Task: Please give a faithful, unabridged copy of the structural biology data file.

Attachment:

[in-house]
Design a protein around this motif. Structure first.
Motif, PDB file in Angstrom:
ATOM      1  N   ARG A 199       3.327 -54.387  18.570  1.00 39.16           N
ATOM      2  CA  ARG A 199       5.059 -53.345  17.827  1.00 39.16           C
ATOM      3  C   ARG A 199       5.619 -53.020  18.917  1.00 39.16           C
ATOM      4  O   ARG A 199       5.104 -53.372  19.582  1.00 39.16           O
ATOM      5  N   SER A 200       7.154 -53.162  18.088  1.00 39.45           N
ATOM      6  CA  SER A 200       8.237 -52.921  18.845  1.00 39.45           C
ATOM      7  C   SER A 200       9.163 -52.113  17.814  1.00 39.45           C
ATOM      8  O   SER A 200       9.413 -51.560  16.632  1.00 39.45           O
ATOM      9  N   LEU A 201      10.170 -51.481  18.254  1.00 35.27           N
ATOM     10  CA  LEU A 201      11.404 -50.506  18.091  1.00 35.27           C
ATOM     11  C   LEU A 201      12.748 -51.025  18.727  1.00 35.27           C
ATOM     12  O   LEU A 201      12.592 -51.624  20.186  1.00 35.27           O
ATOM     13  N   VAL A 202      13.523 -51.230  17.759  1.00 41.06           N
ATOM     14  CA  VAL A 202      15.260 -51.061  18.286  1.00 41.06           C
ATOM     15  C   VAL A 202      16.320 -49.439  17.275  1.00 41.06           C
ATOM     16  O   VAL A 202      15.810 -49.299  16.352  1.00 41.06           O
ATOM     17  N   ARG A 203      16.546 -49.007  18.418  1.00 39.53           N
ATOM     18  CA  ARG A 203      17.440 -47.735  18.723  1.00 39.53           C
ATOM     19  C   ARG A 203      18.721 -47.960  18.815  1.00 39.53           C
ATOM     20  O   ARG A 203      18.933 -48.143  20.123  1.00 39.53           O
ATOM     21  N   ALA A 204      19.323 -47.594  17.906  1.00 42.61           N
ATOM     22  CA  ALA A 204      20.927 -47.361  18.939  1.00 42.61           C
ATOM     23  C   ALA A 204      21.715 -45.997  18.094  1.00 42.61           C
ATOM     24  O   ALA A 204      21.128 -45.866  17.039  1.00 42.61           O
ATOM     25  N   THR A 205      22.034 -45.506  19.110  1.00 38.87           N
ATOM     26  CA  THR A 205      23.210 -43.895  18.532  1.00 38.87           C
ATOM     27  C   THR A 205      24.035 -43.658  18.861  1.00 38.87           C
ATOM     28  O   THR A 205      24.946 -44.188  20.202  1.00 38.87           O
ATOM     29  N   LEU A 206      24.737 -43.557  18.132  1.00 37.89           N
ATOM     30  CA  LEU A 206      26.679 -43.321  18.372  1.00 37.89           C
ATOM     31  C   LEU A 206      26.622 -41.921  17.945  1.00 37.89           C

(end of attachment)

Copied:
[in-house]
Design a protein around this motif. Structure first.
Motif, PDB file in Angstrom:
ATOM      1  N   ARG A 199       3.327 -54.387  18.570  1.00 39.16           N
ATOM      2  CA  ARG A 199       5.059 -53.345  17.827  1.00 39.16           C
ATOM      3  C   ARG A 199       5.619 -53.020  18.917  1.00 39.16           C
ATOM      4  O   ARG A 199       5.104 -53.372  19.582  1.00 39.16           O
ATOM      5  N   SER A 200       7.154 -53.162  18.088  1.00 39.45           N
ATOM      6  CA  SER A 200       8.237 -52.921  18.845  1.00 39.45           C
ATOM      7  C   SER A 200       9.163 -52.113  17.814  1.00 39.45           C
ATOM      8  O   SER A 200       9.413 -51.560  16.632  1.00 39.45           O
ATOM      9  N   LEU A 201      10.170 -51.481  18.254  1.00 35.27           N
ATOM     10  CA  LEU A 201      11.404 -50.506  18.091  1.00 35.27           C
ATOM     11  C   LEU A 201      12.748 -51.025  18.727  1.00 35.27           C
ATOM     12  O   LEU A 201      12.592 -51.624  20.186  1.00 35.27           O
ATOM     13  N   VAL A 202      13.523 -51.230  17.759  1.00 41.06           N
ATOM     14  CA  VAL A 202      15.260 -51.061  18.286  1.00 41.06           C
ATOM     15  C   VAL A 202      16.320 -49.439  17.275  1.00 41.06           C
ATOM     16  O   VAL A 202      15.810 -49.299  16.352  1.00 41.06           O
ATOM     17  N   ARG A 203      16.546 -49.007  18.418  1.00 39.53           N
ATOM     18  CA  ARG A 203      17.440 -47.735  18.723  1.00 39.53           C
ATOM     19  C   ARG A 203      18.721 -47.960  18.815  1.00 39.53           C
ATOM     20  O   ARG A 203      18.933 -48.143  20.123  1.00 39.53           O
ATOM     21  N   ALA A 204      19.323 -47.594  17.906  1.00 42.61           N
ATOM     22  CA  ALA A 204      20.927 -47.361  18.939  1.00 42.61           C
ATOM     23  C   ALA A 204      21.715 -45.997  18.094  1.00 42.61           C
ATOM     24  O   ALA A 204      21.128 -45.866  17.039  1.00 42.61           O
ATOM     25  N   THR A 205      22.034 -45.506  19.110  1.00 38.87           N
ATOM     26  CA  THR A 205      23.210 -43.895  18.532  1.00 38.87           C
ATOM     27  C   THR A 205      24.035 -43.658  18.861  1.00 38.87           C
ATOM     28  O   THR A 205      24.946 -44.188  20.202  1.00 38.87           O
ATOM     29  N   LEU A 206      24.737 -43.557  18.132  1.00 37.89           N
ATOM     30  CA  LEU A 206      26.679 -43.321  18.372  1.00 37.89           C
ATOM     31  C   LEU A 206      26.622 -41.921  17.945  1.00 37.89           C